Newcastle Herald Opinion Piece 27 January 2016

Charlie was born with a destiny; to join the ranks of the unemployed and possibly a spiral into drugs, violence and crime.  By the time he attends school, he'll be aware that both his parents and grandparents have spent most of their adult lives on government support.

It didn't necessarily need to be, governments can play a role in breaking the cycle of intergenerational unemployment.  Indeed it  should be one of its top priorities - for the sake of the growing welfare budget, our labour supply, social outcomes and of course, for the sake of the likes of Charlie.

In my many years in public life, nothing has captured my attention more than this issue.  In my early years, I found myself focusing most on methods of intervention in the post-school years; working with training providers, Business Enterprise Centers and the like.  This remains important work and programs like the unfortunately named Work-for-the-Dole remain a crucial part of the mix, but too often the intervention comes too late.

So it didn't take me long to see the obvious; the earlier the intervention, the more likely is a good result.  That of course, is where our school system comes in.  Charlie will begin school behind the eight ball, having missed the benefits of good parenting, formal child care and pre-school.  His best hope now is his school and its teachers, most likely the local public school where still; the majority of our students go.

More and more, teachers are required pick up the pieces where parents, community and government have failed.  With diminishing funding these challenges must appear insurmountable.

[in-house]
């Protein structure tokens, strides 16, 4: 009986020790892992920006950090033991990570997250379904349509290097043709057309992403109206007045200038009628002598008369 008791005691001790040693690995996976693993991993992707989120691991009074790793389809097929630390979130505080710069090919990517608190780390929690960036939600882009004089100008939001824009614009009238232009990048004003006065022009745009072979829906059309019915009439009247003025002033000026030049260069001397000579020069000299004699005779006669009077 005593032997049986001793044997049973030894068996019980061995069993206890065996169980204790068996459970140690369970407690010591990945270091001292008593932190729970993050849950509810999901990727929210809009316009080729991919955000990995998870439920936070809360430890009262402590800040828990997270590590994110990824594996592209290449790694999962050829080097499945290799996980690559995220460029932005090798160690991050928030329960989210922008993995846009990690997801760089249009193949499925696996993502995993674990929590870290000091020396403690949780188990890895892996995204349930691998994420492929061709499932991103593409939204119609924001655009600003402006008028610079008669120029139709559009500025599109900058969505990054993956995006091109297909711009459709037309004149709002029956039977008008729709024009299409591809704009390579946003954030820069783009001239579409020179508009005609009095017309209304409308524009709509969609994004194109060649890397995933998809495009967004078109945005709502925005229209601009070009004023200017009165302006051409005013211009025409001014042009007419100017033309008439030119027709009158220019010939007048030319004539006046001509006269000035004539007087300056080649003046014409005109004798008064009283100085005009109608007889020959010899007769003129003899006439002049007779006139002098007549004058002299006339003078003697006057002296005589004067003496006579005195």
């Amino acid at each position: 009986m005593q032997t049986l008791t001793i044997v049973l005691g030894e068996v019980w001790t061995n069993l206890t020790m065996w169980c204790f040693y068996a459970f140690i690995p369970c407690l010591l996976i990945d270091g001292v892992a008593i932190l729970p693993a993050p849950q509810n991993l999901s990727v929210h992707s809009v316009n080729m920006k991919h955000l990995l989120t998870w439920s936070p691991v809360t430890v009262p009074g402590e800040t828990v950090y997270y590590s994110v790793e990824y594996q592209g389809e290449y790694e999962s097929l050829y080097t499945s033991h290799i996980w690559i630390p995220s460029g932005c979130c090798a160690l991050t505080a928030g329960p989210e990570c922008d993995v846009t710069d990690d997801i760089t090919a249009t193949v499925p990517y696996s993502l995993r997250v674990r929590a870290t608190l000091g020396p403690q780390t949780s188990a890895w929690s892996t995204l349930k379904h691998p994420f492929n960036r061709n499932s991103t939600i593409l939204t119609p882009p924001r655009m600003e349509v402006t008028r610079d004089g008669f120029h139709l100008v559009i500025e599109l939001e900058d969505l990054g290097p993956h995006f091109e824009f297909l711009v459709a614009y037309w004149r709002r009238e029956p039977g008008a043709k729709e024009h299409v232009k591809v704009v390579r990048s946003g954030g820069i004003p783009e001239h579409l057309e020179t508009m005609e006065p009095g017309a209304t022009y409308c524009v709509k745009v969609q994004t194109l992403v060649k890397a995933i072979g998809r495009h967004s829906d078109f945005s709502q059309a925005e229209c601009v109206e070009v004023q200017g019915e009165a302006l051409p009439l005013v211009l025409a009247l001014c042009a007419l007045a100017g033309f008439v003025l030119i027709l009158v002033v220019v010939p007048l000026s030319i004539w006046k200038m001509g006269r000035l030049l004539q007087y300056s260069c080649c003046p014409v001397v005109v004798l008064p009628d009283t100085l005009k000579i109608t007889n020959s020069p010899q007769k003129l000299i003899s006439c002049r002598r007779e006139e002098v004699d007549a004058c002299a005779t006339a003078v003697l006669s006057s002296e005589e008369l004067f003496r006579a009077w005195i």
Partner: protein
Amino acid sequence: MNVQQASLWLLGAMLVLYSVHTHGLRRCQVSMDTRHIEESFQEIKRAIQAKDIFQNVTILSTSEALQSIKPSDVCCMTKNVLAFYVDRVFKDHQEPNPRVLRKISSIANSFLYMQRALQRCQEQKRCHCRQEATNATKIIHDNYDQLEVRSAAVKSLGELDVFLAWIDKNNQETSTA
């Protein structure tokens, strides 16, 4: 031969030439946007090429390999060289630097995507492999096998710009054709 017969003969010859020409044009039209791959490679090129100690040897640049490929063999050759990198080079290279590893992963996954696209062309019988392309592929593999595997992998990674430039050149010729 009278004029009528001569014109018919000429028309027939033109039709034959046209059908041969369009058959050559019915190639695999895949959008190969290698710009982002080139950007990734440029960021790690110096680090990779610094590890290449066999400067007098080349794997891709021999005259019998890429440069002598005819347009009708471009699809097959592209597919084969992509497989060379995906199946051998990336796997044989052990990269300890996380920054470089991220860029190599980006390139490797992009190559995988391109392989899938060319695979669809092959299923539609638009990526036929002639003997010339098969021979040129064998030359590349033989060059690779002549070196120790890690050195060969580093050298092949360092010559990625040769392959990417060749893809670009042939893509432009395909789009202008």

I spent eleven and a half years on the Opposition benches urging the Howard Government to demonstrate it understood this by addressing the key shortcomings of our schools system and to properly resource it.  A dollar invested in Charlie now will likely save many more dollars in the future and his active participation in the workforce will also deliver dividends, both economically and socially. 

John Howard never delivered but the Rudd Government did. Its education reforms were historic, producing transparent, comparable measures of individual school performance and providing funding growth which targeted the individual circumstances and needs of each student.  Amongst other things the so-called “Gonski” reforms put additional teachers in our schools to deal with the specific needs of our students.  It is a new model, a tailored approach.

Of course the impact was never going to be immediate but talk to any teacher and they will tell you we were on the right track.  As I did the usual round of end-of-year school presentations last year, principal after principal publicly expressed appreciation for the much needed and targeted resources the Gonski reforms were delivering.

But the ink on the award certificates was barely dry when on the eve of Christmas, the Turnbull Government declared its intention to kill Gonski by cutting off its funding.  The Prime Minister has not attempted to argue Gonski has not been effective; he simply doesn't want to fund it.  He obviously views Gonski as a cost, rather than a prudent investment. 

It's a sad reality of our short electoral cycle, Malcolm will save a few dollars, but along with Charlie and his local community, a future PM will pay.

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